Pistons’ lack of flexibility evident in deadline moves
AUBURN HILLS, Mich.— Ed Stefanski can maintain a sense of humor about the challenges facing the Detroit Pistons.
“I wouldn’t be here if things were rosy, is the way I look at it,” said Stefanski, a senior executive with the Pistons. “And I tell that in our meetings when people want to say, oh, you know, this and that. I said, ‘You guys wouldn’t be here if things were good.'”
Stefanski arrived as part of a front office overhaul last offseason, and this week was his first trade deadline with Detroit. The Pistons acquired guard Svi Mykhailiuk from the Lakers and center Thon Maker from the Bucks, giving up Reggie Bullock and Stanley Johnson in the process. The moves netted Detroit a couple young players but did little to change the overall outlook for the franchise.
The Pistons have a lot of money tied up in Blake Griffin, Andre Drummond and Reggie Jackson, and although Griffin has remained healthy and played like a star this season, Detroit was 24-29 heading into Friday night’s matchup with New York — and would not make the playoffs if the season ended now.
“To get the players that you would want, that extra star or so, we don’t have that flexibility. It’s not happening,” Stefanski said Friday. “But we’re starting it. These are, say, smaller moves on the sides, but we, again, don’t have that flexibility.”
The Pistons did make a huge deal last year around this time, acquiring Griffin. They gave up a first-round draft pick in that trade and still didn’t make the playoffs, and that was the end of Stan Van Gundy’s tenure as coach and president of basketball operations.
Dwane Casey took over as coach, but the results haven’t been much different. Stefanski stressed the need for players on team-friendly contracts. Bullock, on the other hand, has emerged as a solid outside shooter and figures to become more expensive soon.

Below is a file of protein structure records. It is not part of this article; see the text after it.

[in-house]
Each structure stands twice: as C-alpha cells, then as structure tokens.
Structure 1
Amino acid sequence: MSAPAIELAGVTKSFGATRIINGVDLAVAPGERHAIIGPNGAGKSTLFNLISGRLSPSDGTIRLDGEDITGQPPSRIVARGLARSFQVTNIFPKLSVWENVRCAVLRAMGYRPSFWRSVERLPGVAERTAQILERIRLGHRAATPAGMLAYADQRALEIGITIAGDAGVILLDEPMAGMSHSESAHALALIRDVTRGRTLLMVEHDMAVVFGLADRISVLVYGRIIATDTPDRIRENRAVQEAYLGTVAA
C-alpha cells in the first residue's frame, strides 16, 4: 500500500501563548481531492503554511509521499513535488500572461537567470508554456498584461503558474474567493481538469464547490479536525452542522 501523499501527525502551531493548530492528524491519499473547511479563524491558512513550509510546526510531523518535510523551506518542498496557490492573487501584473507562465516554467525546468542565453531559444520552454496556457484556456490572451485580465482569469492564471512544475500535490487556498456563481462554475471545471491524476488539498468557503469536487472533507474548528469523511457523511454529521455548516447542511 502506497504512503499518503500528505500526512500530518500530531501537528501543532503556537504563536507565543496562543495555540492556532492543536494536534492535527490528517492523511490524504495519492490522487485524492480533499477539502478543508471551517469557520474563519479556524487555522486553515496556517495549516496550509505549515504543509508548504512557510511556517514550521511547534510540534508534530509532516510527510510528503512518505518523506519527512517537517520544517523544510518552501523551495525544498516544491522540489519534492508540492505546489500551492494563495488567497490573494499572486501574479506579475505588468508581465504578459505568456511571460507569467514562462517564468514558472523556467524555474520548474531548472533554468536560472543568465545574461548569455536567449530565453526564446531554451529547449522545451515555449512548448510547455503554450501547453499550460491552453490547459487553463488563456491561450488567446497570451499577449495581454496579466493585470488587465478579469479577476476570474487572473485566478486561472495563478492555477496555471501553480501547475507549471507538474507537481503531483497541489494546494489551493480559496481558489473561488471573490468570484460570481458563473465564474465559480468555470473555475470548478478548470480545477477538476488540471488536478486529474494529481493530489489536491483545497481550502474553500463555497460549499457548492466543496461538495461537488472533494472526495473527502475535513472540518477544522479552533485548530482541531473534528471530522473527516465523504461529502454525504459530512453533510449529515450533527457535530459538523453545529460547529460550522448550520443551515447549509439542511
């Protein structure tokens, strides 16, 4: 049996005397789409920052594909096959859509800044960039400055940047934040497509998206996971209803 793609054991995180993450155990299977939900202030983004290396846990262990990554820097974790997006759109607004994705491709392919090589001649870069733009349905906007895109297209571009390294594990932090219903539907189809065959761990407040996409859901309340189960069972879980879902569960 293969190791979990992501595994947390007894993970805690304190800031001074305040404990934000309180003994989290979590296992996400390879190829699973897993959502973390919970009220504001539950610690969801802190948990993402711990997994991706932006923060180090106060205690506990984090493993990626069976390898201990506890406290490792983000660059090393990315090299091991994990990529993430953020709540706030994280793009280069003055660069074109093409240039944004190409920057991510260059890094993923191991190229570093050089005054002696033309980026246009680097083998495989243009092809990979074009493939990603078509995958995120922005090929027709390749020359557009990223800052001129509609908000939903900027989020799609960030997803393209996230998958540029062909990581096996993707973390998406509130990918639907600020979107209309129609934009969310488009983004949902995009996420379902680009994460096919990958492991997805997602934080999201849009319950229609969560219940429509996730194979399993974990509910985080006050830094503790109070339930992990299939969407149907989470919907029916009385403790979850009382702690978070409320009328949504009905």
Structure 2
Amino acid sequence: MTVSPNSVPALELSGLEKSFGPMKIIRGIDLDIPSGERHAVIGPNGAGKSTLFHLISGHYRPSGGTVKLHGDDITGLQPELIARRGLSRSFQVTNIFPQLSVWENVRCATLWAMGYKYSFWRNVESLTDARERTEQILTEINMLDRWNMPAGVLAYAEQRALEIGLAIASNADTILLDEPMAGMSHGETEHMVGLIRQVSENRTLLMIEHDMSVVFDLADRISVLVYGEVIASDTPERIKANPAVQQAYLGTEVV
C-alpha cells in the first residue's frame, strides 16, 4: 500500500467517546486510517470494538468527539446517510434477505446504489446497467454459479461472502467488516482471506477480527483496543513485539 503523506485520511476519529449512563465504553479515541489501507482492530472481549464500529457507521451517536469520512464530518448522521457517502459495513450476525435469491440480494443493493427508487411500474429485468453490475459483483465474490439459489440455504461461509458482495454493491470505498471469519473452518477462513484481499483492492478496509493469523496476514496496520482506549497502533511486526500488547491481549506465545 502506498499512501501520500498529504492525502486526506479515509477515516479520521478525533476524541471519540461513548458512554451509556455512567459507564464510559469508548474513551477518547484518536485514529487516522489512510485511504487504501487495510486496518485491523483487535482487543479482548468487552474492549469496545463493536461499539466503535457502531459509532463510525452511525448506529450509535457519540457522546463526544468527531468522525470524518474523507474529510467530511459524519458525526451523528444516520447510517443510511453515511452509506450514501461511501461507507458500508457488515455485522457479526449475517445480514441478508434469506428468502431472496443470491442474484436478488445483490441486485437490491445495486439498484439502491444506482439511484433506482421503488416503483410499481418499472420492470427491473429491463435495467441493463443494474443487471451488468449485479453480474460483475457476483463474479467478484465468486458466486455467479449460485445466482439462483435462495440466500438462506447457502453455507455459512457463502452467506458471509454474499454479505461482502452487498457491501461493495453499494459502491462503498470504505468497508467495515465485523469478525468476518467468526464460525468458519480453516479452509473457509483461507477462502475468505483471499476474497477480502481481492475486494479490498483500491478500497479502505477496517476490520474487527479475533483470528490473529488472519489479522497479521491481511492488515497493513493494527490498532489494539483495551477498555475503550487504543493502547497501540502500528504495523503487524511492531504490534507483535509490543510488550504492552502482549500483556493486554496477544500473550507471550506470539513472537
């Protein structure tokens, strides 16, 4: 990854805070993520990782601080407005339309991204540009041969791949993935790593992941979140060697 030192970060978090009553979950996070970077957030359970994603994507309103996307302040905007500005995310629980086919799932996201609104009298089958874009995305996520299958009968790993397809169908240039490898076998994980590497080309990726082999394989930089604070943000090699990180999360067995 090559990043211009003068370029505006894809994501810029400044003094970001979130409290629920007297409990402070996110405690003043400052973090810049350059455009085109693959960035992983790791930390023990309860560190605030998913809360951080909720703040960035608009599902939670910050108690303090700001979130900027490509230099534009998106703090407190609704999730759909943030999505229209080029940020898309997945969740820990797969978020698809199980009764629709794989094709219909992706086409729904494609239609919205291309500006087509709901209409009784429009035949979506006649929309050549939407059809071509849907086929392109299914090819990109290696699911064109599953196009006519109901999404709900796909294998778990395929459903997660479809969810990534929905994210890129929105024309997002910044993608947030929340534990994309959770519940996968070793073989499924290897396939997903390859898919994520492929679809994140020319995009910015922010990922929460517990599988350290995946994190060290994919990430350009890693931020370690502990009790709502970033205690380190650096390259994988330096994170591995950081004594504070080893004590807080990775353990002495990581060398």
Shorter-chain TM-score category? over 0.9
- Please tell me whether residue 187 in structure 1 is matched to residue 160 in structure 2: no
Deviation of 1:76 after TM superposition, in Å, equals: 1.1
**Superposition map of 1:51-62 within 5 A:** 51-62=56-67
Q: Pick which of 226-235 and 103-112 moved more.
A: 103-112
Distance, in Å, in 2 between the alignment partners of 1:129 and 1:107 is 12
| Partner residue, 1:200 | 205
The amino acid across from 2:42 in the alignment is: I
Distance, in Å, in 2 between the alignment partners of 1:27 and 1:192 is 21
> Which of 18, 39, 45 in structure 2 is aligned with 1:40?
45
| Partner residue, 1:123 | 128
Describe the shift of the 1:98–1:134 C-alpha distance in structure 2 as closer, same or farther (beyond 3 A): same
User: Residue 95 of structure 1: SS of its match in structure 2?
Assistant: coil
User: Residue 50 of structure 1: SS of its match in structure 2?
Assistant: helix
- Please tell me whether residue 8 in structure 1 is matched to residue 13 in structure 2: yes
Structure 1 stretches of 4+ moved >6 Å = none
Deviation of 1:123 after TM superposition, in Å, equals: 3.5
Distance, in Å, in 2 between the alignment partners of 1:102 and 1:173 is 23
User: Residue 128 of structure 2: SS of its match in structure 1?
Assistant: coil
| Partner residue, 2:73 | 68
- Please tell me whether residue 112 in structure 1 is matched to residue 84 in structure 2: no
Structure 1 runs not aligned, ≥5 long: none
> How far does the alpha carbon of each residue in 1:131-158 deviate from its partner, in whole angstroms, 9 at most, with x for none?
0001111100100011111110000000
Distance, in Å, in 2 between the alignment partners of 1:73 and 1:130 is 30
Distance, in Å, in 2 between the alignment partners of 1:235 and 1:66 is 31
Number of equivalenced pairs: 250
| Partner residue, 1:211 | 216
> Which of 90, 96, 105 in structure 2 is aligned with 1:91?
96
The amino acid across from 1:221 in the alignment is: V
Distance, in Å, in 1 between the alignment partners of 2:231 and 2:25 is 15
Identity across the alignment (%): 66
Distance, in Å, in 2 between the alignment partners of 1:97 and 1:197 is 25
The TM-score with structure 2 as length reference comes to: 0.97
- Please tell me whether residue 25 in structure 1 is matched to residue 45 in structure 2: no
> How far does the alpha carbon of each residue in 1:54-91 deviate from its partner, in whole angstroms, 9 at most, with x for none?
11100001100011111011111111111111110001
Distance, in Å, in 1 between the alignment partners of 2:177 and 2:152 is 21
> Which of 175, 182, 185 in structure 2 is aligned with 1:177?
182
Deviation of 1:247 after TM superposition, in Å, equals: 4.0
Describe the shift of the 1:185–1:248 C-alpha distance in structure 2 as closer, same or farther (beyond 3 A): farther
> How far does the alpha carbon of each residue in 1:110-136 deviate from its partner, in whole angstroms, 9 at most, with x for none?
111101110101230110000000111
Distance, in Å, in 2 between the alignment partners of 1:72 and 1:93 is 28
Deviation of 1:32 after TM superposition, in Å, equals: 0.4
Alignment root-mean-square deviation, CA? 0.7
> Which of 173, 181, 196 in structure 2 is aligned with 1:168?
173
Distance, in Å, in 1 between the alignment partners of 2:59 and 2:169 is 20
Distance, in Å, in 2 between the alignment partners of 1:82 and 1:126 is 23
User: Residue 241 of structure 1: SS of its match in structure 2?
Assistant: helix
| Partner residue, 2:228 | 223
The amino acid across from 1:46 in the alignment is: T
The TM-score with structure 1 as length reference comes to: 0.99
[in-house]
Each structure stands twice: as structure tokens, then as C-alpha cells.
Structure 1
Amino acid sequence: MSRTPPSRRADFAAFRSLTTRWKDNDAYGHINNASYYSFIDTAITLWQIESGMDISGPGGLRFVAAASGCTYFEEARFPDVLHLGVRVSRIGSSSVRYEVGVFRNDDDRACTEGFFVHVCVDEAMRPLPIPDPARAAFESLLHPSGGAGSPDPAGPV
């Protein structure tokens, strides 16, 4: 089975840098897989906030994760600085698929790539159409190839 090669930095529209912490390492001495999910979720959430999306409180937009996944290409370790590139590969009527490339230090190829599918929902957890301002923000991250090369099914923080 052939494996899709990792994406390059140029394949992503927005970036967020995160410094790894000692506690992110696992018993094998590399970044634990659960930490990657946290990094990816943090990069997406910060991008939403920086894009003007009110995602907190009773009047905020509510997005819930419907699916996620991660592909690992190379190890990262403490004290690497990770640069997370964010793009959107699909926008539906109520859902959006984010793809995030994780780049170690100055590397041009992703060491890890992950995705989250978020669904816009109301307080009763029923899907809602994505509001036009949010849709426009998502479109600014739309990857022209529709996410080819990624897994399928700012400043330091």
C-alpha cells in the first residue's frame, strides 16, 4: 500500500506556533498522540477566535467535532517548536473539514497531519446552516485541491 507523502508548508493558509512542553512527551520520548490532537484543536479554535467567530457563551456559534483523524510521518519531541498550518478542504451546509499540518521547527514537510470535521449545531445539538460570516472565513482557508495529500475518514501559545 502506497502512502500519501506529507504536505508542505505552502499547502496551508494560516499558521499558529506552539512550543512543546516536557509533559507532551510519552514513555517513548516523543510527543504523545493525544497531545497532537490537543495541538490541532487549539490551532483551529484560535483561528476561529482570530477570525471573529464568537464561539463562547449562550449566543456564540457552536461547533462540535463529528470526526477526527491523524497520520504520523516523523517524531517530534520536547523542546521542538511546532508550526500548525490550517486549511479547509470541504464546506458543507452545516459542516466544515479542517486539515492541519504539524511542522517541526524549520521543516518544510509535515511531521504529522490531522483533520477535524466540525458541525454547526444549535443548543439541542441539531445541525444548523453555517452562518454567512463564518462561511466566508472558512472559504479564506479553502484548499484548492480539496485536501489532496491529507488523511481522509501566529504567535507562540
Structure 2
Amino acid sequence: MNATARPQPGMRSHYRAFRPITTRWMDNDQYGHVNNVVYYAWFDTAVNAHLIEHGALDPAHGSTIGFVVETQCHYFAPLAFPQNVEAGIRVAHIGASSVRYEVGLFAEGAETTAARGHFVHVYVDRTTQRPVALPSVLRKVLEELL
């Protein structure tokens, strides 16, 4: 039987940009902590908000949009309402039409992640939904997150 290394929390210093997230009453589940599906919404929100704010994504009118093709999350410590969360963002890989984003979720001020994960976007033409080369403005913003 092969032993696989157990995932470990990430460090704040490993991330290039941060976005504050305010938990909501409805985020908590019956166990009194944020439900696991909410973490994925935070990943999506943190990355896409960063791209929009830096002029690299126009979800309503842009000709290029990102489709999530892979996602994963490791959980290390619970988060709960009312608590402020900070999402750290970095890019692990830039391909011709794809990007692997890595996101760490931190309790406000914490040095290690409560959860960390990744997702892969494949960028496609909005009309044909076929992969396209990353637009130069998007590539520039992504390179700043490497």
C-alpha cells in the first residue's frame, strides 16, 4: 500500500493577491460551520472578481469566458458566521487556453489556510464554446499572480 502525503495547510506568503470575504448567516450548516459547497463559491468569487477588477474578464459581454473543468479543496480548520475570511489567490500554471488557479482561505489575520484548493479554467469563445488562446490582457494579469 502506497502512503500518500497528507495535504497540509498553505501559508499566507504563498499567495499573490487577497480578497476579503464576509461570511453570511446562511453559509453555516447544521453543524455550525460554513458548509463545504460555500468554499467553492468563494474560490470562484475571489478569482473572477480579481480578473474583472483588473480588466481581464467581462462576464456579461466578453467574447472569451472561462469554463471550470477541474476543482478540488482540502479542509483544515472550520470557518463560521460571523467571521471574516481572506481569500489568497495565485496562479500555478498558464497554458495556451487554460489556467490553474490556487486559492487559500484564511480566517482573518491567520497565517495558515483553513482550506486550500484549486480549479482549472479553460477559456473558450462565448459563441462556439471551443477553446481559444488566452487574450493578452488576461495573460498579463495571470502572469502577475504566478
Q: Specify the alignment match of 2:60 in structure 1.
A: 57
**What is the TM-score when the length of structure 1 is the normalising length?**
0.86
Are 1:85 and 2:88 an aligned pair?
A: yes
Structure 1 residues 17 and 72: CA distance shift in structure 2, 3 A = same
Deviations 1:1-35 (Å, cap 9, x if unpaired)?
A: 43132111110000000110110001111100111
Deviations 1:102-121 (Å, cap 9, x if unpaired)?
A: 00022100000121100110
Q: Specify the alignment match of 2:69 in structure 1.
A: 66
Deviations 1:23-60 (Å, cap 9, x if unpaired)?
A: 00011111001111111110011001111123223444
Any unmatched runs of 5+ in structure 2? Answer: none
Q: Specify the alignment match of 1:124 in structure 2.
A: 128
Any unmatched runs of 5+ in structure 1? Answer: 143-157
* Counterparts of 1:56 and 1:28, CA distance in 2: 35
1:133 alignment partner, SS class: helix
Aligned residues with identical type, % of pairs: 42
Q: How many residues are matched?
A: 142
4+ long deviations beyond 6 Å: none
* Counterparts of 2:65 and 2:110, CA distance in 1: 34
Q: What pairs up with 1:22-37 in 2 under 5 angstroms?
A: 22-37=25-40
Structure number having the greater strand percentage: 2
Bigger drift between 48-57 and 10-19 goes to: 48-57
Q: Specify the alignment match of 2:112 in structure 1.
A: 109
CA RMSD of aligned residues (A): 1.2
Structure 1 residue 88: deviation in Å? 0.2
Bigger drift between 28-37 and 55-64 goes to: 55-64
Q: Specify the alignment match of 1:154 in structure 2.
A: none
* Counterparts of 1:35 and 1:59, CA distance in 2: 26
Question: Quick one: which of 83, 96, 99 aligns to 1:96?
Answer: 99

Detroit is still close enough to a postseason spot that the team isn’t throwing in the towel.
“We’re going for the playoffs, and that’s (owner) Tom Gores from the top,” Stefanski said. “We’re a competitive organization. I preach to these guys, when you put that Pistons uniform on, you’re representing people. You’re representing a lot of guys from the past. We’re going to try to win every game. Now, we did sell with Reggie, that’s obvious, but we feel we got a good return, but we’re also looking hard at the buyout market to be a buyer.”
So the Pistons will move forward with the same basic core, hoping for significant development from their young players. They didn’t have a first-round pick last year. Johnson, who was just traded, was a first-rounder in 2015. Luke Kennard, a first rounder in 2017, is still with Detroit. He’s shown some ability but has not become a star by any means.
Maker was the 10th pick in the 2016 draft.
“You’ve got length and size with Thon,” Casey said. “Svi is a big-time 3-point shooter — again, opportunity … he did it more so in the G League than he did with the Lakers.”
One way Detroit could try to improve its flexibility is by moving one of its biggest contracts, but it’s not always easy to find a deal that works. Right now, a full rebuild doesn’t appear imminent. The Pistons are moving forward with Griffin, Drummond and Jackson, and they didn’t do anything drastic to give those three more help.
“We’re not going at warp speed, because we don’t have the ability, flexibility-wise, to go at warp speed,” Stefanski said. “Would I want to go at warp speed? Yes. But we don’t have it. We have to make good decisions. We can’t bring in players that we’re not sure of on pretty expensive contracts.”
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